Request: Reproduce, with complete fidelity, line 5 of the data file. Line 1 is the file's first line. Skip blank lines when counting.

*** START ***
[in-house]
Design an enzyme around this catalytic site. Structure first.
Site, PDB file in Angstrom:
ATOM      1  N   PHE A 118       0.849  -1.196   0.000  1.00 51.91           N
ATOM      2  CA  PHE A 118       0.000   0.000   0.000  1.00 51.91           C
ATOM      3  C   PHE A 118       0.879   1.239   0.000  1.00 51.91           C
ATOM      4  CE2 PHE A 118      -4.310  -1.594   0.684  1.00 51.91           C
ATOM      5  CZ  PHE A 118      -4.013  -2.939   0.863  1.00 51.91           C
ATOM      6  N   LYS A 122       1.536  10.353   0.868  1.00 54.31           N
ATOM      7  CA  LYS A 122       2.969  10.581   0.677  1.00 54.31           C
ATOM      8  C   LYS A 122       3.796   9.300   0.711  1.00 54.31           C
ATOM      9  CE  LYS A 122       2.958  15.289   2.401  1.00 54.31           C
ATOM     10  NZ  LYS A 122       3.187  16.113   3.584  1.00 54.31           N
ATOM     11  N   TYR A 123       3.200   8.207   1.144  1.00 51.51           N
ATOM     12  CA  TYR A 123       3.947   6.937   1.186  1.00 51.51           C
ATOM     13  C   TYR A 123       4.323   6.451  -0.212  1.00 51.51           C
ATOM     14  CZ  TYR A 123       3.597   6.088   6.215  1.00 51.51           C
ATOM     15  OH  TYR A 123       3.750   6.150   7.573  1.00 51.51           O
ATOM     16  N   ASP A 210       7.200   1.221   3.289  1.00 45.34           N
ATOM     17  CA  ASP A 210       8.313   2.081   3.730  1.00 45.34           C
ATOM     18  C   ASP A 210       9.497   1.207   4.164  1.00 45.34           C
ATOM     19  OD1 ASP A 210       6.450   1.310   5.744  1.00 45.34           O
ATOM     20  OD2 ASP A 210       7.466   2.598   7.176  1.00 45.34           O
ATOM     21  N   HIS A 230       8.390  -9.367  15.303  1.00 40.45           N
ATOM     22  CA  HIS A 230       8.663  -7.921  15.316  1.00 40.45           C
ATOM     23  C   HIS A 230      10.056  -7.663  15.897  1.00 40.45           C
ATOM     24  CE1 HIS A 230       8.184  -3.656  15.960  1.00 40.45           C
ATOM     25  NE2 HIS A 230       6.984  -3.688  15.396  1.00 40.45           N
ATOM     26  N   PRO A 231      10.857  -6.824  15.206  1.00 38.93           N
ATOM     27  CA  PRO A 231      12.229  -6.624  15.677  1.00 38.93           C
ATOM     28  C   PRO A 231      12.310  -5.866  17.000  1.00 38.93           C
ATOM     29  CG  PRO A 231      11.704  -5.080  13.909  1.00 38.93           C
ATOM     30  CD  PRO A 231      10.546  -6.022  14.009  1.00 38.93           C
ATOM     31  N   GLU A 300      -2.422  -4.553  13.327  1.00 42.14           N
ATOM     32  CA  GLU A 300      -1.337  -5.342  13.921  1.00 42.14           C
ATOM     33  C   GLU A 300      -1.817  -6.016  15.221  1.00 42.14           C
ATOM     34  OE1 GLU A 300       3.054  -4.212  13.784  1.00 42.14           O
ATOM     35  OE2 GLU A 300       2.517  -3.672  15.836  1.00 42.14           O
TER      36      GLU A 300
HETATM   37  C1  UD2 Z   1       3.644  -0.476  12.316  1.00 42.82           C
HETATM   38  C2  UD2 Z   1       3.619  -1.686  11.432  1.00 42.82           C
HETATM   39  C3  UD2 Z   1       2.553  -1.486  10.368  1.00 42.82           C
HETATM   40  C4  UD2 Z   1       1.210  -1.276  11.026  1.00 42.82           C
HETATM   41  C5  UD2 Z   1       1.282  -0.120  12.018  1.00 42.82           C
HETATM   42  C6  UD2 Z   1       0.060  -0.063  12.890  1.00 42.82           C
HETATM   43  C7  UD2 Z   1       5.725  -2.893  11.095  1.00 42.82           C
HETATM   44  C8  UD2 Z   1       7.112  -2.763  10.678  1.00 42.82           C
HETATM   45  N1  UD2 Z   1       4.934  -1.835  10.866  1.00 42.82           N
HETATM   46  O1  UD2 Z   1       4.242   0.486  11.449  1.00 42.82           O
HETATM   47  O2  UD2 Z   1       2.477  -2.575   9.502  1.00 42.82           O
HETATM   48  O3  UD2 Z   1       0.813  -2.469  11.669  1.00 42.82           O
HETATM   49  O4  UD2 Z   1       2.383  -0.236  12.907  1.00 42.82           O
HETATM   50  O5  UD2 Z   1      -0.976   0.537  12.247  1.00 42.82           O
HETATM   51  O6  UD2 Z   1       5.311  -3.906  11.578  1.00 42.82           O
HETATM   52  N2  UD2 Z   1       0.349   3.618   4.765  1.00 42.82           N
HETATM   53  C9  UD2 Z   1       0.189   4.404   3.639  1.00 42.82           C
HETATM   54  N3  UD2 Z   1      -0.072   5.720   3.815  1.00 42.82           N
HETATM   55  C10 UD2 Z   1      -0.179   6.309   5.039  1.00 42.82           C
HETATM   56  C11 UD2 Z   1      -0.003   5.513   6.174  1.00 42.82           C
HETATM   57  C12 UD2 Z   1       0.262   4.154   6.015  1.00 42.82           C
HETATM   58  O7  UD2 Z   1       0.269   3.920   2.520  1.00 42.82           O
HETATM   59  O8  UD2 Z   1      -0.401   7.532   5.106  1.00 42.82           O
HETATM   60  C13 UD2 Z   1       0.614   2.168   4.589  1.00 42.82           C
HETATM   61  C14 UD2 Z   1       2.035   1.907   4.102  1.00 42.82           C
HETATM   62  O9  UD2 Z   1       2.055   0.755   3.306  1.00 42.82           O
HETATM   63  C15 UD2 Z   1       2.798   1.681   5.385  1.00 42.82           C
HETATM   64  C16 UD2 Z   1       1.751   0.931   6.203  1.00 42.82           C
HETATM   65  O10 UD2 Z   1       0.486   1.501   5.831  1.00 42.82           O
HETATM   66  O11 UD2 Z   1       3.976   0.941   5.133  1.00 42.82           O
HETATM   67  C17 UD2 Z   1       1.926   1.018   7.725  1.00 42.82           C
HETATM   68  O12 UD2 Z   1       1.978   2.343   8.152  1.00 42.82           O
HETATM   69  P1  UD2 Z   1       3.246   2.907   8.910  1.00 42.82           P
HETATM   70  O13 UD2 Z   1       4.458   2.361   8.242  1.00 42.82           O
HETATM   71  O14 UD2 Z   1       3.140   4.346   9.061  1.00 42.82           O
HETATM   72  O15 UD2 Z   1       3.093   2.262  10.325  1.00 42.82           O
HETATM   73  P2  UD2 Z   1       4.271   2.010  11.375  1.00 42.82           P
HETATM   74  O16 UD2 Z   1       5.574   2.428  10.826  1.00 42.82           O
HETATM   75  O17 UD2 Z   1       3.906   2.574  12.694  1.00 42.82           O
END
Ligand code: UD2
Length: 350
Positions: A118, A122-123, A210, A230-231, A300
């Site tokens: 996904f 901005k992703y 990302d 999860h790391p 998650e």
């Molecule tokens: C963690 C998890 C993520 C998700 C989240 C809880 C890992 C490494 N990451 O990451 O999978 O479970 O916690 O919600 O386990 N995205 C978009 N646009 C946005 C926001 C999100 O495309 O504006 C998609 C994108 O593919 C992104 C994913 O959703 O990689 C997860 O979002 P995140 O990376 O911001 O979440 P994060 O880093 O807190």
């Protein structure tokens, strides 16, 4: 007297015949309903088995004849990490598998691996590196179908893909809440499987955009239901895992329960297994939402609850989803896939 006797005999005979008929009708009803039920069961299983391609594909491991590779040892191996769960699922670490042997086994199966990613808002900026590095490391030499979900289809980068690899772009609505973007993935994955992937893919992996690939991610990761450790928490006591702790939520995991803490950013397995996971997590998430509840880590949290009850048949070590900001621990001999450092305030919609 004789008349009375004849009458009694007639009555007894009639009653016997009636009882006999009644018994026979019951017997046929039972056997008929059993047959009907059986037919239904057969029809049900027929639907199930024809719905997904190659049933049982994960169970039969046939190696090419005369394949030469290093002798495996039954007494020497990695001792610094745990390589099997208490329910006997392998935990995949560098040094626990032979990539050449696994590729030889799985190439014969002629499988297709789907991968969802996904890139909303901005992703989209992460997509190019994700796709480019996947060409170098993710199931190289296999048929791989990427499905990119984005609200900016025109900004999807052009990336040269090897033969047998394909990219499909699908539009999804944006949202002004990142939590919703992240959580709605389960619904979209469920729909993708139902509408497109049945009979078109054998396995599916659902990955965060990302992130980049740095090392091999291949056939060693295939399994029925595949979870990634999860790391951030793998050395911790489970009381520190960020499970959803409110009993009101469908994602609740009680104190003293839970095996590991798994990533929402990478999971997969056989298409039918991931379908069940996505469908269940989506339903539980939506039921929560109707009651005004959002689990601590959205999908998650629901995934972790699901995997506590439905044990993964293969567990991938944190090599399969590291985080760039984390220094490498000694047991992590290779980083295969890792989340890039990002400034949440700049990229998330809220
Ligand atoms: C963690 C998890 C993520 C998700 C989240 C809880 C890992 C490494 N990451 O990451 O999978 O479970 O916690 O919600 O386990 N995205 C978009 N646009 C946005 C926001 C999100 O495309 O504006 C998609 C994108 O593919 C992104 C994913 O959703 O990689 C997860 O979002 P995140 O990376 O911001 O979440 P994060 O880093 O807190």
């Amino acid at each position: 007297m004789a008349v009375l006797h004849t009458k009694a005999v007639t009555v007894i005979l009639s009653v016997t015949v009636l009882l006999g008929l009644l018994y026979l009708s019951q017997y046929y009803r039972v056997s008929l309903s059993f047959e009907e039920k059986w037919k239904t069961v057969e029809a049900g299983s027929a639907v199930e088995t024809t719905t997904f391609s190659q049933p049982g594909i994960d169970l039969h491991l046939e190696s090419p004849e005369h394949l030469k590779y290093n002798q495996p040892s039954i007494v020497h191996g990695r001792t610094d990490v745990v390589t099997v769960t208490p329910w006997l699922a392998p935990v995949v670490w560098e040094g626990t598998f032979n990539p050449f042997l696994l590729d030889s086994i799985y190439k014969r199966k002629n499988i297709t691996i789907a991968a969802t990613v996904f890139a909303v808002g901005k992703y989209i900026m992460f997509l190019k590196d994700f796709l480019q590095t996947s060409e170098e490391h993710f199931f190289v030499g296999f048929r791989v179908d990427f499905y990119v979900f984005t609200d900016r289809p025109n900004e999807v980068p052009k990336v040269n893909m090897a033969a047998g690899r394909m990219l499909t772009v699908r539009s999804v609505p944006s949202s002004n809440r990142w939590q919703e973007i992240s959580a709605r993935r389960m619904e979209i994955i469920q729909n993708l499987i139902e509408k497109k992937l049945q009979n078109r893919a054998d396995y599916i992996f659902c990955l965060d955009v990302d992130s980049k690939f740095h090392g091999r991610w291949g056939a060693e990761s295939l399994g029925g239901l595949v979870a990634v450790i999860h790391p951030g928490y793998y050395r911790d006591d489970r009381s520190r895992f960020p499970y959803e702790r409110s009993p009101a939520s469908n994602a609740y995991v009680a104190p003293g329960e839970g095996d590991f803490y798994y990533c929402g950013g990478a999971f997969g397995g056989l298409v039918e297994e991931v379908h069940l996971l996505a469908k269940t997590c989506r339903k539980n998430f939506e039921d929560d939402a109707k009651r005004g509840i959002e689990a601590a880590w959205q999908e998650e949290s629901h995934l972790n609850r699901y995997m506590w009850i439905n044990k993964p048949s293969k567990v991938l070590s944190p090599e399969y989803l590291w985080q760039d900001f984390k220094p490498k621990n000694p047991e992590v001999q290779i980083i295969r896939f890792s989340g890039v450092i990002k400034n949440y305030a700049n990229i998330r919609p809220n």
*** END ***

ATOM      2  CA  PHE A 118       0.000   0.000   0.000  1.00 51.91           C